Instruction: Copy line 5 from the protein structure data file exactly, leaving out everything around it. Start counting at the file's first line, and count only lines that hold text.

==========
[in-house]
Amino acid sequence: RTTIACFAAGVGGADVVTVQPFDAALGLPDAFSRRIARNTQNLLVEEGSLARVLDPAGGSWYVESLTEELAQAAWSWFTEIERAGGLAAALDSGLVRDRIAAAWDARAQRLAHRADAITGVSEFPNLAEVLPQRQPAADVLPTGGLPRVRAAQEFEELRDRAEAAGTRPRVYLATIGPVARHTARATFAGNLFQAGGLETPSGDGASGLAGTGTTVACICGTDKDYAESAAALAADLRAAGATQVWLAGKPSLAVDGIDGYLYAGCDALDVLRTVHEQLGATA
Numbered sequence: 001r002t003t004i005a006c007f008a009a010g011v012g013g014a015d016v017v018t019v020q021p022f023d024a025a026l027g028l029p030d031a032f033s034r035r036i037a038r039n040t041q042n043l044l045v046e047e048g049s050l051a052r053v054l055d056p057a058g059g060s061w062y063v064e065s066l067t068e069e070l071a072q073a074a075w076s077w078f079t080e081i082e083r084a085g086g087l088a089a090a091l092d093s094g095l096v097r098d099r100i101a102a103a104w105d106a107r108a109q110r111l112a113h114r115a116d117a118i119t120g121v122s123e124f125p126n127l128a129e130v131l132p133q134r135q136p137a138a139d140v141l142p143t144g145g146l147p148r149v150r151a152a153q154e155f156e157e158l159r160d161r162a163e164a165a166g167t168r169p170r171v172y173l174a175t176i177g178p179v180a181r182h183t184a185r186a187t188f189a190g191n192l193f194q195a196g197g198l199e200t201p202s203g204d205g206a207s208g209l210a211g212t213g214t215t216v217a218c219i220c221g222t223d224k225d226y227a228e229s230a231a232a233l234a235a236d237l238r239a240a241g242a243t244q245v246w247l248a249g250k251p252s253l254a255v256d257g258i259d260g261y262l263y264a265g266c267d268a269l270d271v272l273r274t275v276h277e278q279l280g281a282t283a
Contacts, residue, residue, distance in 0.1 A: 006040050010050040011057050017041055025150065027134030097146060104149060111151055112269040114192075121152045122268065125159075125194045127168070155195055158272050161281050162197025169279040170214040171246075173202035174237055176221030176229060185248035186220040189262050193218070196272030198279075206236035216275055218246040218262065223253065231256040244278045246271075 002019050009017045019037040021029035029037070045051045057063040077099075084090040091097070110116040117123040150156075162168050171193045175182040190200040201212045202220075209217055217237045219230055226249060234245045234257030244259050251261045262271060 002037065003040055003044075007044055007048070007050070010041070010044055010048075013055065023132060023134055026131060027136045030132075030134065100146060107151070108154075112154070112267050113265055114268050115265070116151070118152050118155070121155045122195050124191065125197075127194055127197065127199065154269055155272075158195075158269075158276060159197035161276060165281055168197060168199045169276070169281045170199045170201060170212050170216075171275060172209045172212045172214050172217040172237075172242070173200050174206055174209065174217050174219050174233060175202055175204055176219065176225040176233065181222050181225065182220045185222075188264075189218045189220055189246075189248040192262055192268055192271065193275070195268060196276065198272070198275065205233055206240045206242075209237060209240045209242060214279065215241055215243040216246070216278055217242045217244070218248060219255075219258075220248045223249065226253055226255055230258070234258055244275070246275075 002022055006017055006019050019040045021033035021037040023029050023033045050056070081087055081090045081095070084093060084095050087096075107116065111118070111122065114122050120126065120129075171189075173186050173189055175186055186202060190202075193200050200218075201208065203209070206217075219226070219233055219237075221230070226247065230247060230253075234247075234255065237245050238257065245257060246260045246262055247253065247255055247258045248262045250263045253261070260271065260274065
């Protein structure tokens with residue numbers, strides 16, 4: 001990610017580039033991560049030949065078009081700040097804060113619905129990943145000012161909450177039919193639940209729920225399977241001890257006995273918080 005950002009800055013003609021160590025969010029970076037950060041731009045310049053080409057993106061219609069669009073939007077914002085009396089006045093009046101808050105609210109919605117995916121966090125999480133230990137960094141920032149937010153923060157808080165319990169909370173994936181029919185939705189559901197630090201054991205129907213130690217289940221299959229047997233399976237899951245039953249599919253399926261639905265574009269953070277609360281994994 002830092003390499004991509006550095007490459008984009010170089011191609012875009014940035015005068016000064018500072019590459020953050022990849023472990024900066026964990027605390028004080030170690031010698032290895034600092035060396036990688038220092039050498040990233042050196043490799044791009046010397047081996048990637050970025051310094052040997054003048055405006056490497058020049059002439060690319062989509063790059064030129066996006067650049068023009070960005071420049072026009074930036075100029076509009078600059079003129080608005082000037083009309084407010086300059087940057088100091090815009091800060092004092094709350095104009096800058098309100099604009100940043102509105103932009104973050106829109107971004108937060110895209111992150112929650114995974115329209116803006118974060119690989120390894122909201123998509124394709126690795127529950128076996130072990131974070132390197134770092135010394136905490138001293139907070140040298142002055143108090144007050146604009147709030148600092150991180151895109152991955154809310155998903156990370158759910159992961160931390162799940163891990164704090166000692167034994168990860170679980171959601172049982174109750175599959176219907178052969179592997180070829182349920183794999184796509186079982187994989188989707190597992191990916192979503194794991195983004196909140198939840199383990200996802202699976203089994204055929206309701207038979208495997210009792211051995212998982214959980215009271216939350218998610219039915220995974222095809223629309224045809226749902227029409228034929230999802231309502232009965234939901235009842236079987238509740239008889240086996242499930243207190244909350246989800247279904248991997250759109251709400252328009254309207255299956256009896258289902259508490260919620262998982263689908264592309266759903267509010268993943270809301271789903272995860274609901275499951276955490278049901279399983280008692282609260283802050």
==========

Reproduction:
């Protein structure tokens with residue numbers, strides 16, 4: 001990610017580039033991560049030949065078009081700040097804060113619905129990943145000012161909450177039919193639940209729920225399977241001890257006995273918080 005950002009800055013003609021160590025969010029970076037950060041731009045310049053080409057993106061219609069669009073939007077914002085009396089006045093009046101808050105609210109919605117995916121966090125999480133230990137960094141920032149937010153923060157808080165319990169909370173994936181029919185939705189559901197630090201054991205129907213130690217289940221299959229047997233399976237899951245039953249599919253399926261639905265574009269953070277609360281994994 002830092003390499004991509006550095007490459008984009010170089011191609012875009014940035015005068016000064018500072019590459020953050022990849023472990024900066026964990027605390028004080030170690031010698032290895034600092035060396036990688038220092039050498040990233042050196043490799044791009046010397047081996048990637050970025051310094052040997054003048055405006056490497058020049059002439060690319062989509063790059064030129066996006067650049068023009070960005071420049072026009074930036075100029076509009078600059079003129080608005082000037083009309084407010086300059087940057088100091090815009091800060092004092094709350095104009096800058098309100099604009100940043102509105103932009104973050106829109107971004108937060110895209111992150112929650114995974115329209116803006118974060119690989120390894122909201123998509124394709126690795127529950128076996130072990131974070132390197134770092135010394136905490138001293139907070140040298142002055143108090144007050146604009147709030148600092150991180151895109152991955154809310155998903156990370158759910159992961160931390162799940163891990164704090166000692167034994168990860170679980171959601172049982174109750175599959176219907178052969179592997180070829182349920183794999184796509186079982187994989188989707190597992191990916192979503194794991195983004196909140198939840199383990200996802202699976203089994204055929206309701207038979208495997210009792211051995212998982214959980215009271216939350218998610219039915220995974222095809223629309224045809226749902227029409228034929230999802231309502232009965234939901235009842236079987238509740239008889240086996242499930243207190244909350246989800247279904248991997250759109251709400252328009254309207255299956256009896258289902259508490260919620262998982263689908264592309266759903267509010268993943270809301271789903272995860274609901275499951276955490278049901279399983280008692282609260283802050």